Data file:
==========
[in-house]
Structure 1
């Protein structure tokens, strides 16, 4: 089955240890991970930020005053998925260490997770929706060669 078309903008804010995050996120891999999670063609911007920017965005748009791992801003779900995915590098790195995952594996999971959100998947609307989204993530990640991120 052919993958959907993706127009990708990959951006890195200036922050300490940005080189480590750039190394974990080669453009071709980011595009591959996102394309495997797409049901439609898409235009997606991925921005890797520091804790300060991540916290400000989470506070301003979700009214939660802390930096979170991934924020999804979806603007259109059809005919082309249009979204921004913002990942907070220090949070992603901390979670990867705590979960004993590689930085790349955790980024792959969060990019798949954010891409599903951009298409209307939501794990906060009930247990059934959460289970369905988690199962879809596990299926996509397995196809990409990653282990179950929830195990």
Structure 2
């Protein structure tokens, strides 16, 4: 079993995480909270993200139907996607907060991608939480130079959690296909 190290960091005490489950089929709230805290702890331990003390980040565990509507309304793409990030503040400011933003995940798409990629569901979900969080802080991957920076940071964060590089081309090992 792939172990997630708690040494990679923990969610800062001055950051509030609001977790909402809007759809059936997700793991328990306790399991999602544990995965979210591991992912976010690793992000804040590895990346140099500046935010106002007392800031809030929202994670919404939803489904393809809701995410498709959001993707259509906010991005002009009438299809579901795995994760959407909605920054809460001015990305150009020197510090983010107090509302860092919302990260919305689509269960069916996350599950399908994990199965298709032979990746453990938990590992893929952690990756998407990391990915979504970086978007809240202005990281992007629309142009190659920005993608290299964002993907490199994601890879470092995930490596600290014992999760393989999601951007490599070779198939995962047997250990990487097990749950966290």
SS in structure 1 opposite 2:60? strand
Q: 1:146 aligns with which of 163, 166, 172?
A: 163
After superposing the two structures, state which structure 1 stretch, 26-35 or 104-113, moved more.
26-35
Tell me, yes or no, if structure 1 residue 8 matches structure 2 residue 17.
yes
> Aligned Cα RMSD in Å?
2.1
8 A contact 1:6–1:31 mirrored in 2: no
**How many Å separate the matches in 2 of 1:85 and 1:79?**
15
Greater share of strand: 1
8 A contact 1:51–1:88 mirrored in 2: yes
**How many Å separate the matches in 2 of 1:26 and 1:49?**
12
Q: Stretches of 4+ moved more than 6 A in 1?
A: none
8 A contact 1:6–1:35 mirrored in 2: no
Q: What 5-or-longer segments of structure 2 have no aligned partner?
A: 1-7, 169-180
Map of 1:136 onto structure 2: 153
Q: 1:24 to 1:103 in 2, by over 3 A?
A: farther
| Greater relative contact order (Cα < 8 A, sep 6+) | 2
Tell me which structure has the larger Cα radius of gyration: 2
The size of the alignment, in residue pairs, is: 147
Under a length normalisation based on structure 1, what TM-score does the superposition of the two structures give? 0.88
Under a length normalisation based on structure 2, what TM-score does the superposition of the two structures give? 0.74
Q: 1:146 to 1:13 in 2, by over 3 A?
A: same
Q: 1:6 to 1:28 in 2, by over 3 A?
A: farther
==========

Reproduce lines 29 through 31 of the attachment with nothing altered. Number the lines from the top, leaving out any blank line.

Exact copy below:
A: farther
| Greater relative contact order (Cα < 8 A, sep 6+) | 2
Tell me which structure has the larger Cα radius of gyration: 2